US6288393B1 - Automated method of circuit analysis - Google Patents

Automated method of circuit analysis Download PDF

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US6288393B1
US6288393B1 US09/238,436 US23843699A US6288393B1 US 6288393 B1 US6288393 B1 US 6288393B1 US 23843699 A US23843699 A US 23843699A US 6288393 B1 US6288393 B1 US 6288393B1
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integrated circuit
imaging
chemical
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Michael Phaneuf
Dick James
Pierrette Breton
Julia Elvidge
Ray Haythornthwaite
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TechInsights Inc
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Chipworks
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    • GPHYSICS
    • G01MEASURING; TESTING
    • G01NINVESTIGATING OR ANALYSING MATERIALS BY DETERMINING THEIR CHEMICAL OR PHYSICAL PROPERTIES
    • G01N23/00Investigating or analysing materials by the use of wave or particle radiation not covered by groups G01N3/00 – G01N17/00, G01N21/00 or G01N22/00
    • G01N23/02Investigating or analysing materials by the use of wave or particle radiation not covered by groups G01N3/00 – G01N17/00, G01N21/00 or G01N22/00 by transmitting the radiation through the material
    • G01N23/04Investigating or analysing materials by the use of wave or particle radiation not covered by groups G01N3/00 – G01N17/00, G01N21/00 or G01N22/00 by transmitting the radiation through the material and forming images of the material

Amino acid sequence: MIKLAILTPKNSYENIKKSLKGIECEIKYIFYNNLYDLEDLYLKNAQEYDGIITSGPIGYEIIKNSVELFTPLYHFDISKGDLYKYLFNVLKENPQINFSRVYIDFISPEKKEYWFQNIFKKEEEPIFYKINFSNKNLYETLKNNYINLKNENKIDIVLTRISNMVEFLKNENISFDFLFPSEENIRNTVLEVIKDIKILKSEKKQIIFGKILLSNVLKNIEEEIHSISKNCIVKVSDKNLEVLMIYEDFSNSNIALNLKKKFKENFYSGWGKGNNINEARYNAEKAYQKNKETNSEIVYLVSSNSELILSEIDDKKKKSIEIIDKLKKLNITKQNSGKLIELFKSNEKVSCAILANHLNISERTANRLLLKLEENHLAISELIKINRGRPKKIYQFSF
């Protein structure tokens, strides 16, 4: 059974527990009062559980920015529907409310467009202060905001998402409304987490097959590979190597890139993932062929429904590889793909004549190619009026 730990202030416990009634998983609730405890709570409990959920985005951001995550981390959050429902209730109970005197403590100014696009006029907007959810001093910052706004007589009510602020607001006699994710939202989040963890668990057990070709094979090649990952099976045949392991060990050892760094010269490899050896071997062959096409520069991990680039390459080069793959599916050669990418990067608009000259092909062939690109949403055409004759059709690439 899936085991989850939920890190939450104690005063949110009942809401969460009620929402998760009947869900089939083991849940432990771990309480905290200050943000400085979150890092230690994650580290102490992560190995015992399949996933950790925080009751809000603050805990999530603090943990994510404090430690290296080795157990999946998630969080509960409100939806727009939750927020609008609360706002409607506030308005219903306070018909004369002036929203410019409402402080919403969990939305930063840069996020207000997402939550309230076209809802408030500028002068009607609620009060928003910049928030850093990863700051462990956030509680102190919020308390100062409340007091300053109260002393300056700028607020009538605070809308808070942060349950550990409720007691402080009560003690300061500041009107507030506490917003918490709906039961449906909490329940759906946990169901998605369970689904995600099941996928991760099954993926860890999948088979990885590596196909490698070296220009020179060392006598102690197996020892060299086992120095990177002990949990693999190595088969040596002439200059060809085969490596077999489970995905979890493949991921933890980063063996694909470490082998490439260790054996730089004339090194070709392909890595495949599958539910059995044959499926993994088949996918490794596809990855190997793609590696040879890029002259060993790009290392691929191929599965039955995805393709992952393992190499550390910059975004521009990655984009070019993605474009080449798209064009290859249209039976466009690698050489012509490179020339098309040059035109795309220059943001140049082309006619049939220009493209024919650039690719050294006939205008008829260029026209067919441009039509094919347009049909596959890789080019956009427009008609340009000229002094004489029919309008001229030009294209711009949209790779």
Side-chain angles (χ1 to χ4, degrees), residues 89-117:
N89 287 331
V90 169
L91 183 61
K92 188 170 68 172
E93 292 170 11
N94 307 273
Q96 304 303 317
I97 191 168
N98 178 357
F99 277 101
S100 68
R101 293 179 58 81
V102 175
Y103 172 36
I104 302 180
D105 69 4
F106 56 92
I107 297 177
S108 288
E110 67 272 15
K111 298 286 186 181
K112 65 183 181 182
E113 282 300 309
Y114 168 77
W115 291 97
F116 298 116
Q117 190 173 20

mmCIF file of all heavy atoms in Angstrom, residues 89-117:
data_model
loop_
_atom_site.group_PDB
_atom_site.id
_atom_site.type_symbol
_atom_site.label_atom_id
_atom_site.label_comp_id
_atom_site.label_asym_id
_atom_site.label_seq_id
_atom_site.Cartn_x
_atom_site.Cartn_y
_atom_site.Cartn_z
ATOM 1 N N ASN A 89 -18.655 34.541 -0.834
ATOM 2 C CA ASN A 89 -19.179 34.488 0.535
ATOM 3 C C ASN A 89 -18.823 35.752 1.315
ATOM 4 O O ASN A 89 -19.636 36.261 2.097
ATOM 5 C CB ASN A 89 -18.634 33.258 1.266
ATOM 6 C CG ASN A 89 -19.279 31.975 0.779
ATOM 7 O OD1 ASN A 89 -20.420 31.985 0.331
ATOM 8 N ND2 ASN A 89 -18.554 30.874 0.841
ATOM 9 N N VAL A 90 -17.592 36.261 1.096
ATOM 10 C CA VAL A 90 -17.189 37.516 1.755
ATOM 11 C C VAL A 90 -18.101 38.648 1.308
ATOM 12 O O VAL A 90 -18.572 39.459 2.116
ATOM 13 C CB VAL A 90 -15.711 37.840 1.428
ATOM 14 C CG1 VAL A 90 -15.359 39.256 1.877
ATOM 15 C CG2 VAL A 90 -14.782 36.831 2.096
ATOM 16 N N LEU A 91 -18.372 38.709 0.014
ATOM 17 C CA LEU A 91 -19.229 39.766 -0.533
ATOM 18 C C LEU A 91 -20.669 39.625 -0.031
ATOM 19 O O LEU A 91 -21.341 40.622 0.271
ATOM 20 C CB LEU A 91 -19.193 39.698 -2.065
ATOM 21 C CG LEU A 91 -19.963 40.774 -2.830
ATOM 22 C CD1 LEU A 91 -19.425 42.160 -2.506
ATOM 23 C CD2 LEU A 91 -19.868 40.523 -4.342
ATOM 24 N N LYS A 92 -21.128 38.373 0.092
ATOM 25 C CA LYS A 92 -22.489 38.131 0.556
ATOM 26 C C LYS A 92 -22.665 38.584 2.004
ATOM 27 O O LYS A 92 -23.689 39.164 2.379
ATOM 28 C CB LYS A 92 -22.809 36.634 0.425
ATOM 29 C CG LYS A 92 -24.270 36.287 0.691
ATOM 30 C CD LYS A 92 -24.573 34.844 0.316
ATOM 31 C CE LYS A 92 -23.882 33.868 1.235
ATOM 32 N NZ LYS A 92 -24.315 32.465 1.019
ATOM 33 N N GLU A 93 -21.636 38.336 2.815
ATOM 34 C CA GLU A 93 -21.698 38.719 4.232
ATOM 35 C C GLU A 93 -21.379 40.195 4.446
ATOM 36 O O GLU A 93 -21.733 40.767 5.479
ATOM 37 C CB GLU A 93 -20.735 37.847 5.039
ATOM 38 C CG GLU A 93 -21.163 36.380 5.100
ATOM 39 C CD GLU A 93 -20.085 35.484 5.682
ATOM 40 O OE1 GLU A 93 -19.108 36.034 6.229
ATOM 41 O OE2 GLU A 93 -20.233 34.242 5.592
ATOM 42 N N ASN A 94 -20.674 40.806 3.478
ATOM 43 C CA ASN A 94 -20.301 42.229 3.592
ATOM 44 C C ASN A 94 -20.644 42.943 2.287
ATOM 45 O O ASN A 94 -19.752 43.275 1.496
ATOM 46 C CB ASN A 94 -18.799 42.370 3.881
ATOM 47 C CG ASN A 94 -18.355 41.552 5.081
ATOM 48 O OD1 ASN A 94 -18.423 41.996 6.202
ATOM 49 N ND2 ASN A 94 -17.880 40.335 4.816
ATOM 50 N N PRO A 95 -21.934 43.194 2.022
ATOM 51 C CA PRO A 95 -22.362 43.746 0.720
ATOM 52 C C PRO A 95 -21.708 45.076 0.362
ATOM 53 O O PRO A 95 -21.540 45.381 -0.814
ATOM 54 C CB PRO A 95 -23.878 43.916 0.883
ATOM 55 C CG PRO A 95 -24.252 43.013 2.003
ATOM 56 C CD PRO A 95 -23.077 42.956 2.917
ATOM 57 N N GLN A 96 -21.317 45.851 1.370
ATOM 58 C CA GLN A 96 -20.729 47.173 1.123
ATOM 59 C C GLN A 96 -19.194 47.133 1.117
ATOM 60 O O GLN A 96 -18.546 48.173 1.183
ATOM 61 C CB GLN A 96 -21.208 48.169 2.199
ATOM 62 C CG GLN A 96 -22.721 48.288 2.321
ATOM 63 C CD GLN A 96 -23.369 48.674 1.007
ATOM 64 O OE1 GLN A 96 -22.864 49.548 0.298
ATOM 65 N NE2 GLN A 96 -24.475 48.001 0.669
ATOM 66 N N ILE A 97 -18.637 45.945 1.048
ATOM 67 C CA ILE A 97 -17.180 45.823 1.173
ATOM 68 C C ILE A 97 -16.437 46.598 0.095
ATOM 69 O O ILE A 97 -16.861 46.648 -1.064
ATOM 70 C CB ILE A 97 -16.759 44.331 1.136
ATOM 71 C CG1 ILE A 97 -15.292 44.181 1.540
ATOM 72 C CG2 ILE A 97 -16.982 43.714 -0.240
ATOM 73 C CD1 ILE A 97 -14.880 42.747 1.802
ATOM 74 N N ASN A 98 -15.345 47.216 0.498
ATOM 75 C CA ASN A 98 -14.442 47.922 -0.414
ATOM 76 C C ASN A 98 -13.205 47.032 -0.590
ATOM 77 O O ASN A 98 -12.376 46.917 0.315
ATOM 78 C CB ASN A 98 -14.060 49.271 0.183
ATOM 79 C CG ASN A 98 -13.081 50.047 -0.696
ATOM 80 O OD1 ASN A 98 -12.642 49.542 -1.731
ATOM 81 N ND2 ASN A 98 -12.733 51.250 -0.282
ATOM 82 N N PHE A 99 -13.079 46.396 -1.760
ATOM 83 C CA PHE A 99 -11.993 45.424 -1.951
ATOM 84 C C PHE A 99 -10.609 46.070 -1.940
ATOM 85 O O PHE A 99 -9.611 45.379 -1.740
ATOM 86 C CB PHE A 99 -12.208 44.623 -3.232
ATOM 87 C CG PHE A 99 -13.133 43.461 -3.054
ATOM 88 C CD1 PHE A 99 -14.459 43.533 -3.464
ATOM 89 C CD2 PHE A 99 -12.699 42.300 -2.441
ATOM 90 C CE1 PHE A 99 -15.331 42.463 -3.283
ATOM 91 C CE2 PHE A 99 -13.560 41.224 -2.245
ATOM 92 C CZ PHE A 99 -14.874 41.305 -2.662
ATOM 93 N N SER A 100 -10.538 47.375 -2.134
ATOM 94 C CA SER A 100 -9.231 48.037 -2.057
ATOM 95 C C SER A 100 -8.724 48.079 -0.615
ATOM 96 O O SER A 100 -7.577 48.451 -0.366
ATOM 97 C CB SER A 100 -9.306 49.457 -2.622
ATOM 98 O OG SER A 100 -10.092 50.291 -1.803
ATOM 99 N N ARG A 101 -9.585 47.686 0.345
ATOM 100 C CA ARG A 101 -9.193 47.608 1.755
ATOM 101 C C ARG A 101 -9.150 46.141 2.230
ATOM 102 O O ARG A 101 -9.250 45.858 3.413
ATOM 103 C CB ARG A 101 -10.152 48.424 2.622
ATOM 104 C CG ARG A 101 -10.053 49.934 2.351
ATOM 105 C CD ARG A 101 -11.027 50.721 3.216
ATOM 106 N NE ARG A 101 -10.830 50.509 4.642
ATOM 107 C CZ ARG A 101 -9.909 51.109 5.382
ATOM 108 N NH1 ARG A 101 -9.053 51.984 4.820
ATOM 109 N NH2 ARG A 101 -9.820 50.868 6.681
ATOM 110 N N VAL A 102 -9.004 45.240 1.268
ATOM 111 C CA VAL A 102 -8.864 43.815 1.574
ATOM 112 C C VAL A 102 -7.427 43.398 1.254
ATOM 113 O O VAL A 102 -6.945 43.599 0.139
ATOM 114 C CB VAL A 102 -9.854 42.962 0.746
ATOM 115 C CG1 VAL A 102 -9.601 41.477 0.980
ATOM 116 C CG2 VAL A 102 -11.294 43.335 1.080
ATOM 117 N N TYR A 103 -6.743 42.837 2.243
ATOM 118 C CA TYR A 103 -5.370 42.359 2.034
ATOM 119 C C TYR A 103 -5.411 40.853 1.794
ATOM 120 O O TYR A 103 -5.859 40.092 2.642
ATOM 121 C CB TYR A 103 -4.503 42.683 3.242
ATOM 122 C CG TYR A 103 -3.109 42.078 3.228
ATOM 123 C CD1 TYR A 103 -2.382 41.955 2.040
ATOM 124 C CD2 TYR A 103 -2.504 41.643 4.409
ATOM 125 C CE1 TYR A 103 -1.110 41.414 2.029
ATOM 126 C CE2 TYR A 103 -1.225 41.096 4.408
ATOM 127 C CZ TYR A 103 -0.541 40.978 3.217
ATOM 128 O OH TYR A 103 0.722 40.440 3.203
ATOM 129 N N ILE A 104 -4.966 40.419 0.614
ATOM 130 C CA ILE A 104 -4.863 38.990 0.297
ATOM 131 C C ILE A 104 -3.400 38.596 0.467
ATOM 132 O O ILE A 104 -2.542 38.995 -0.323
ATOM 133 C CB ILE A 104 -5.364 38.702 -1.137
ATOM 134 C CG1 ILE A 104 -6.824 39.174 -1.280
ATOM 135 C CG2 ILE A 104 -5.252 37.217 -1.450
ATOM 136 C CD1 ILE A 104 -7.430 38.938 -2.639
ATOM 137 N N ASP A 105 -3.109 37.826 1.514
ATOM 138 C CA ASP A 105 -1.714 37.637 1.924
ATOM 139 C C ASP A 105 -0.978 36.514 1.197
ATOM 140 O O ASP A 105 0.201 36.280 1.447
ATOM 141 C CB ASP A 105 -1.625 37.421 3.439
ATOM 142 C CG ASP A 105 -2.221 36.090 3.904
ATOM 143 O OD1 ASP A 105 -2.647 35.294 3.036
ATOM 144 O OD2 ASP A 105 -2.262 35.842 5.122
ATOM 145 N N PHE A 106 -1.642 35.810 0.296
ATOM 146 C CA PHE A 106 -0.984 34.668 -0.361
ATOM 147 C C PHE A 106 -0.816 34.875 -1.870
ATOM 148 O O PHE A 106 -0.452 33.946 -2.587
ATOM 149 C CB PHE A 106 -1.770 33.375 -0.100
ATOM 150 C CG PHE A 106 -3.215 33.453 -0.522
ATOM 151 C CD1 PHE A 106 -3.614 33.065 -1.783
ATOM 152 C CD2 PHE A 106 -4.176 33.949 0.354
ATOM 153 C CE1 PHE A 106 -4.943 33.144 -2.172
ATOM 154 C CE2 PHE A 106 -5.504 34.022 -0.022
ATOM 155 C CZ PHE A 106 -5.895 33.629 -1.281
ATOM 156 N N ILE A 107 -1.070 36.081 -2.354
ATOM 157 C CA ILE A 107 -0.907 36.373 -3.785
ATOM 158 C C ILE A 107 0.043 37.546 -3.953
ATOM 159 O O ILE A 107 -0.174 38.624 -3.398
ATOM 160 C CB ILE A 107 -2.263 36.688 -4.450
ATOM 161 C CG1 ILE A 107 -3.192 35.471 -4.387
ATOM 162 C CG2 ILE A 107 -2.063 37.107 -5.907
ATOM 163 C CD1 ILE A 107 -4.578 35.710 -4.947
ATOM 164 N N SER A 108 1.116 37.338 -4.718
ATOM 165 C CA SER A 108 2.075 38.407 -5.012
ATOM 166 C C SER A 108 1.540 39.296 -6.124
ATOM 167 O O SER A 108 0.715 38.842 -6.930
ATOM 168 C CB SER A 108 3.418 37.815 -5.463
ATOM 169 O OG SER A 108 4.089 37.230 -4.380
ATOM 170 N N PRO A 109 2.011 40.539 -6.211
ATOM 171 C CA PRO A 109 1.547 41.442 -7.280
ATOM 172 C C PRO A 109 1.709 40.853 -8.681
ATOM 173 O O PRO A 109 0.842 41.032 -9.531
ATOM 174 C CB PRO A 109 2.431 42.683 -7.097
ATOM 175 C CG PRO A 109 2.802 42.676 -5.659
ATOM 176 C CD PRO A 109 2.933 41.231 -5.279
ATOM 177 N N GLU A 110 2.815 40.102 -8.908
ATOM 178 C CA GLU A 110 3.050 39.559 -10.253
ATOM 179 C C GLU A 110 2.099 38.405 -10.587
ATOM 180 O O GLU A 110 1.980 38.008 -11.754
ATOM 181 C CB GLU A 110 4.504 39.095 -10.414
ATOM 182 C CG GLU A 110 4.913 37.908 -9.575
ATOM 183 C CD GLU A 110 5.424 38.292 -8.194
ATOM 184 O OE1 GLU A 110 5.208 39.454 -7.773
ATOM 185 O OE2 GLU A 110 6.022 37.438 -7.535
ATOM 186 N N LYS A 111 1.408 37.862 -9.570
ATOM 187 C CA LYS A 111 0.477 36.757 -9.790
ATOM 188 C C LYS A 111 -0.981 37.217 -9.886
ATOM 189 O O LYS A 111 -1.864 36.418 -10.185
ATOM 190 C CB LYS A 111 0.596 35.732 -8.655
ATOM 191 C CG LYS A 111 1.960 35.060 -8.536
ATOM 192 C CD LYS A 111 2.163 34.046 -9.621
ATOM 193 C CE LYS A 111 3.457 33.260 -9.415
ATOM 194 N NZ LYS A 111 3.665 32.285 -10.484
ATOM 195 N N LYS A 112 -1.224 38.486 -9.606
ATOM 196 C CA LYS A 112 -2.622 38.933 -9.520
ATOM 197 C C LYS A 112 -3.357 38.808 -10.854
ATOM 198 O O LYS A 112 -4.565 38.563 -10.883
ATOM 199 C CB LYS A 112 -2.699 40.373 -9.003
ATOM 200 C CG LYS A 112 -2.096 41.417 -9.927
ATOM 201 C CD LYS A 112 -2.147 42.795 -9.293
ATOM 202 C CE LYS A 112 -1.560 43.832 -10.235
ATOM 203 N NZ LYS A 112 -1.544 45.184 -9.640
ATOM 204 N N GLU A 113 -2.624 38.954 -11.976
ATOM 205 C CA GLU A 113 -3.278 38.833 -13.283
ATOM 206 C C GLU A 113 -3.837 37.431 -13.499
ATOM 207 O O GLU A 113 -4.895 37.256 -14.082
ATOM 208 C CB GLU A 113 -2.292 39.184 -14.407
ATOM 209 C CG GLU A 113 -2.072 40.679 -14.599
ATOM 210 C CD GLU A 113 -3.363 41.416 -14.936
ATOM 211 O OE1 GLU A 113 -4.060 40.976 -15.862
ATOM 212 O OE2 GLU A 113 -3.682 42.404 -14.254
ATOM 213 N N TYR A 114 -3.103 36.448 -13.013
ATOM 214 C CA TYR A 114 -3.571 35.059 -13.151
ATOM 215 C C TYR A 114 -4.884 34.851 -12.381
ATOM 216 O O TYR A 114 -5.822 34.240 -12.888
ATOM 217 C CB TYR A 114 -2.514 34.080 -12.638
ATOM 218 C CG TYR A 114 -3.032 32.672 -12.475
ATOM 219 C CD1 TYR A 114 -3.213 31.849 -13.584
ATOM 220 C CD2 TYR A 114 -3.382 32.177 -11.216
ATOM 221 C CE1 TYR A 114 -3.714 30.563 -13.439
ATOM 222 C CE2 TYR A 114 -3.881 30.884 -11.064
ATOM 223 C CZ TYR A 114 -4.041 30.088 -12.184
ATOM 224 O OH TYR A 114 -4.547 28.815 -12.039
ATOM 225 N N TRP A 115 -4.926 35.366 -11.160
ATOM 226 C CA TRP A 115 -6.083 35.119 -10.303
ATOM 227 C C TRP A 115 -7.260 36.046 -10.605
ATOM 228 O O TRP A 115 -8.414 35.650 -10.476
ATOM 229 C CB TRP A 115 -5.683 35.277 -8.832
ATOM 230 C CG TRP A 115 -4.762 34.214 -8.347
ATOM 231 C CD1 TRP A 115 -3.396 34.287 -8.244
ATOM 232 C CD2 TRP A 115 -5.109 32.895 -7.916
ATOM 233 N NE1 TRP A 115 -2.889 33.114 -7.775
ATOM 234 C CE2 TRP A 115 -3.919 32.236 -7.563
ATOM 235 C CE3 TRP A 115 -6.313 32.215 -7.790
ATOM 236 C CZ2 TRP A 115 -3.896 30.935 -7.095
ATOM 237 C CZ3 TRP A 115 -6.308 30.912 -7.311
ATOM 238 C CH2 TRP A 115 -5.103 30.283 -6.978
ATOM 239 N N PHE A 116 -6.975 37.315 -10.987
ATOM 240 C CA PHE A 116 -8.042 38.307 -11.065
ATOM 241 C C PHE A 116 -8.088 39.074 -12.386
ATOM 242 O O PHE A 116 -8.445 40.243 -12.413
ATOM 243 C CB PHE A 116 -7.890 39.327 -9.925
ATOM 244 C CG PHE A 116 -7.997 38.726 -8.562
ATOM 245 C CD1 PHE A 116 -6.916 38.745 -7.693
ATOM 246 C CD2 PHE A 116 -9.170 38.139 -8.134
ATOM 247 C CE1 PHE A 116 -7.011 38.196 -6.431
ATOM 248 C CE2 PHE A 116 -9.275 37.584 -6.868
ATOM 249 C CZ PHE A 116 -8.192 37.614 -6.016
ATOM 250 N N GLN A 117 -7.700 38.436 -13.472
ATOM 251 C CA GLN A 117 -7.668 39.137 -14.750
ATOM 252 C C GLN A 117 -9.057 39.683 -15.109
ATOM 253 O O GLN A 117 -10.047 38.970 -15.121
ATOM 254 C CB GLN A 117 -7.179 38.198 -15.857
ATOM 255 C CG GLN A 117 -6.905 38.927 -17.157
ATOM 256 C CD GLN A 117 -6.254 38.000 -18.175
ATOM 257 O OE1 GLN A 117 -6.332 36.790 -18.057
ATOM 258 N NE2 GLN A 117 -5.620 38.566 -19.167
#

• GPHYSICS
    • G01MEASURING; TESTING
    • G01NINVESTIGATING OR ANALYSING MATERIALS BY DETERMINING THEIR CHEMICAL OR PHYSICAL PROPERTIES
    • G01N23/00Investigating or analysing materials by the use of wave or particle radiation not covered by groups G01N3/00 – G01N17/00, G01N21/00 or G01N22/00
    • G01N23/22Investigating or analysing materials by the use of wave or particle radiation not covered by groups G01N3/00 – G01N17/00, G01N21/00 or G01N22/00 by measuring secondary emission from the material
    • G01N23/225Investigating or analysing materials by the use of wave or particle radiation not covered by groups G01N3/00 – G01N17/00, G01N21/00 or G01N22/00 by measuring secondary emission from the material using electron or ion
    • G01N23/2255Investigating or analysing materials by the use of wave or particle radiation not covered by groups G01N3/00 – G01N17/00, G01N21/00 or G01N22/00 by measuring secondary emission from the material using electron or ion using incident ion beams, e.g. proton beams
    • G01N23/2258Measuring secondary ion emission, e.g. secondary ion mass spectrometry [SIMS]
    • HELECTRICITY
    • H01BASIC ELECTRIC ELEMENTS
    • H01JELECTRIC DISCHARGE TUBES OR DISCHARGE LAMPS
    • H01J2237/00Discharge tubes exposing object to beam, e.g. for analysis treatment, etching, imaging
    • H01J2237/22Treatment of data
    • H01J2237/221Image processing
    • HELECTRICITY
    • H01BASIC ELECTRIC ELEMENTS
    • H01JELECTRIC DISCHARGE TUBES OR DISCHARGE LAMPS
    • H01J2237/00Discharge tubes exposing object to beam, e.g. for analysis treatment, etching, imaging
    • H01J2237/22Treatment of data
    • H01J2237/226Image reconstruction
    • HELECTRICITY
    • H01BASIC ELECTRIC ELEMENTS
    • H01JELECTRIC DISCHARGE TUBES OR DISCHARGE LAMPS
    • H01J2237/00Discharge tubes exposing object to beam, e.g. for analysis treatment, etching, imaging